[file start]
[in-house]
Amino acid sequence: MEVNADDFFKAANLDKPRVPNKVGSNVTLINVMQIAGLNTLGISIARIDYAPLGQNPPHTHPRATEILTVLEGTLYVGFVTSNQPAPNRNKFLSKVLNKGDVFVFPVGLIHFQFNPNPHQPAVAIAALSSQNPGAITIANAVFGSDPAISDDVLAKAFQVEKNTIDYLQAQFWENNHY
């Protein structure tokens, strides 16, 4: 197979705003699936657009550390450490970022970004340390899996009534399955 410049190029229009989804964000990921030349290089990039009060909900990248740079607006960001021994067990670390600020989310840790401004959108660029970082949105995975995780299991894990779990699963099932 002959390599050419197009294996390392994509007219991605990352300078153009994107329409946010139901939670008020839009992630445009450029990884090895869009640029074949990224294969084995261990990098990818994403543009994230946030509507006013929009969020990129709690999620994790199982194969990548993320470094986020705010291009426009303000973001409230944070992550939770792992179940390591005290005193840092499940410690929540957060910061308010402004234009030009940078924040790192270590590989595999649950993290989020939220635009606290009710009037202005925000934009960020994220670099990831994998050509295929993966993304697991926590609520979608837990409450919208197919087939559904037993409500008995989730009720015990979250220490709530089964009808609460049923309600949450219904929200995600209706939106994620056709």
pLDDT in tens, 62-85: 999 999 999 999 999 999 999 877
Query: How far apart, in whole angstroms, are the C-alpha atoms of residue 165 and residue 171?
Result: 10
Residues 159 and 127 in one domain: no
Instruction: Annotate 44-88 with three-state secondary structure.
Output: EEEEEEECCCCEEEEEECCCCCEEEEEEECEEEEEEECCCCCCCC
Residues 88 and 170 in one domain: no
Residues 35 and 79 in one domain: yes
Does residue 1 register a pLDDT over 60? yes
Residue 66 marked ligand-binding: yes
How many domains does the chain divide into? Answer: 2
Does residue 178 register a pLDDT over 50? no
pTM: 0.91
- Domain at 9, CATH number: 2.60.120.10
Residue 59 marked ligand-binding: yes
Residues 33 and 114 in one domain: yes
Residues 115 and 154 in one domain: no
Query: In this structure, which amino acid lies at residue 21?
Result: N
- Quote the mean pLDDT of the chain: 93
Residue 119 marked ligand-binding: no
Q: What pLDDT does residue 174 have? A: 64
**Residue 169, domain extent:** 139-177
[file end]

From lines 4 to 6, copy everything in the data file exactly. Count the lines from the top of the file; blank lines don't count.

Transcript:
pLDDT in tens, 62-85: 999 999 999 999 999 999 999 877
Query: How far apart, in whole angstroms, are the C-alpha atoms of residue 165 and residue 171?
Result: 10